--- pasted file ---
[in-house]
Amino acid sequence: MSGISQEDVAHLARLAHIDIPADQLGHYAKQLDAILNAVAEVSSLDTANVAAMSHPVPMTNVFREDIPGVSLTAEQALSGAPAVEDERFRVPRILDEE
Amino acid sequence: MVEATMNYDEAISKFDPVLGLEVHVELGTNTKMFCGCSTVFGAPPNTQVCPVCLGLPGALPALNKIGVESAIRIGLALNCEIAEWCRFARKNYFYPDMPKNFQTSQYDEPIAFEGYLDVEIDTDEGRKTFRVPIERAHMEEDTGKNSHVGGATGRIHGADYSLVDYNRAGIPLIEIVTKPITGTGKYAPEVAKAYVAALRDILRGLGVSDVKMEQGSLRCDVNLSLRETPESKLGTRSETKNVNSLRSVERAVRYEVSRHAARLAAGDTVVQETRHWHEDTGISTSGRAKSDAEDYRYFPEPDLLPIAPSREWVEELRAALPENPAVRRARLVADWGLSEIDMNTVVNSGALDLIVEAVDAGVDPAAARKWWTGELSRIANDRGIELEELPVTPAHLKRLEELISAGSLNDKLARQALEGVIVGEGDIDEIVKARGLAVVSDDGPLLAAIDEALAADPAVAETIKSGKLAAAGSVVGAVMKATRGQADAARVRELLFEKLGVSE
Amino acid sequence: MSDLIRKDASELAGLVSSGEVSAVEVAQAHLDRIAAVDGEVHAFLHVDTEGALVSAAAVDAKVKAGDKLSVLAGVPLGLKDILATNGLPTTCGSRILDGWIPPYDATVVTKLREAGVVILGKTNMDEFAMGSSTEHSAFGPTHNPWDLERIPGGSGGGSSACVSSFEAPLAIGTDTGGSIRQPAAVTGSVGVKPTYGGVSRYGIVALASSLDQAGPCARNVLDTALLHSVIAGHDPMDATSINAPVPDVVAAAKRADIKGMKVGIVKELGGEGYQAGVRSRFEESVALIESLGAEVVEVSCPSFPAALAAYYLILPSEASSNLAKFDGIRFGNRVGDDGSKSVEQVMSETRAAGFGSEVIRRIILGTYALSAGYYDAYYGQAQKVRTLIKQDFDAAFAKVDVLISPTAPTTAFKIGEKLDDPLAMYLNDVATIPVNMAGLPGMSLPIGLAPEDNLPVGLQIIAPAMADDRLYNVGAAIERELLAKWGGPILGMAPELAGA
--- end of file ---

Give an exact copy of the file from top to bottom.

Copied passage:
[in-house]
Amino acid sequence: MSGISQEDVAHLARLAHIDIPADQLGHYAKQLDAILNAVAEVSSLDTANVAAMSHPVPMTNVFREDIPGVSLTAEQALSGAPAVEDERFRVPRILDEE
Amino acid sequence: MVEATMNYDEAISKFDPVLGLEVHVELGTNTKMFCGCSTVFGAPPNTQVCPVCLGLPGALPALNKIGVESAIRIGLALNCEIAEWCRFARKNYFYPDMPKNFQTSQYDEPIAFEGYLDVEIDTDEGRKTFRVPIERAHMEEDTGKNSHVGGATGRIHGADYSLVDYNRAGIPLIEIVTKPITGTGKYAPEVAKAYVAALRDILRGLGVSDVKMEQGSLRCDVNLSLRETPESKLGTRSETKNVNSLRSVERAVRYEVSRHAARLAAGDTVVQETRHWHEDTGISTSGRAKSDAEDYRYFPEPDLLPIAPSREWVEELRAALPENPAVRRARLVADWGLSEIDMNTVVNSGALDLIVEAVDAGVDPAAARKWWTGELSRIANDRGIELEELPVTPAHLKRLEELISAGSLNDKLARQALEGVIVGEGDIDEIVKARGLAVVSDDGPLLAAIDEALAADPAVAETIKSGKLAAAGSVVGAVMKATRGQADAARVRELLFEKLGVSE
Amino acid sequence: MSDLIRKDASELAGLVSSGEVSAVEVAQAHLDRIAAVDGEVHAFLHVDTEGALVSAAAVDAKVKAGDKLSVLAGVPLGLKDILATNGLPTTCGSRILDGWIPPYDATVVTKLREAGVVILGKTNMDEFAMGSSTEHSAFGPTHNPWDLERIPGGSGGGSSACVSSFEAPLAIGTDTGGSIRQPAAVTGSVGVKPTYGGVSRYGIVALASSLDQAGPCARNVLDTALLHSVIAGHDPMDATSINAPVPDVVAAAKRADIKGMKVGIVKELGGEGYQAGVRSRFEESVALIESLGAEVVEVSCPSFPAALAAYYLILPSEASSNLAKFDGIRFGNRVGDDGSKSVEQVMSETRAAGFGSEVIRRIILGTYALSAGYYDAYYGQAQKVRTLIKQDFDAAFAKVDVLISPTAPTTAFKIGEKLDDPLAMYLNDVATIPVNMAGLPGMSLPIGLAPEDNLPVGLQIIAPAMADDRLYNVGAAIERELLAKWGGPILGMAPELAGA